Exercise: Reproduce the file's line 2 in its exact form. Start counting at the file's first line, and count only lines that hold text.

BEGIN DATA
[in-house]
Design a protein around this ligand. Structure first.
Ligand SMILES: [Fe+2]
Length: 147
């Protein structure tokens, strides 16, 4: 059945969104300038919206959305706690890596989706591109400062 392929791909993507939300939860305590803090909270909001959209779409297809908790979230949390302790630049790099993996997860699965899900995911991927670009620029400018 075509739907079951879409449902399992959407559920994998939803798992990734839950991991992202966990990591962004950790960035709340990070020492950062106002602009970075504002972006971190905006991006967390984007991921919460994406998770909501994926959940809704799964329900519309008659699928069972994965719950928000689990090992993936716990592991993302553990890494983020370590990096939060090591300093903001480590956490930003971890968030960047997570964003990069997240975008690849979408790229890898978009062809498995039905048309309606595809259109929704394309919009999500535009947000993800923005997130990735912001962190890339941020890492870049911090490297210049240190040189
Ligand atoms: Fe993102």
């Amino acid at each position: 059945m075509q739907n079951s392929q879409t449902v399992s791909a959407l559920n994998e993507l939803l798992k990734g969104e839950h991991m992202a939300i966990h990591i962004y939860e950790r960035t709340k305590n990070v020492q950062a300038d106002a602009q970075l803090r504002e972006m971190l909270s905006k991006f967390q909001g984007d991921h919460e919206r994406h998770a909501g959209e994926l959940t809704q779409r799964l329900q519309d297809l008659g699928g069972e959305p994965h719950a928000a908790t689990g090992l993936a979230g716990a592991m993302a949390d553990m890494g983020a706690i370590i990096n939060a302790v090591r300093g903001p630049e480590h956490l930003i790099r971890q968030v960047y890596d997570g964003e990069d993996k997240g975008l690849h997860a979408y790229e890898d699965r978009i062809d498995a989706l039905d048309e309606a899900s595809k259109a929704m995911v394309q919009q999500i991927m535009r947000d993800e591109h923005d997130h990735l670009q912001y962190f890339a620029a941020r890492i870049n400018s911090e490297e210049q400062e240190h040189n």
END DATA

Design a protein around this ligand. Structure first.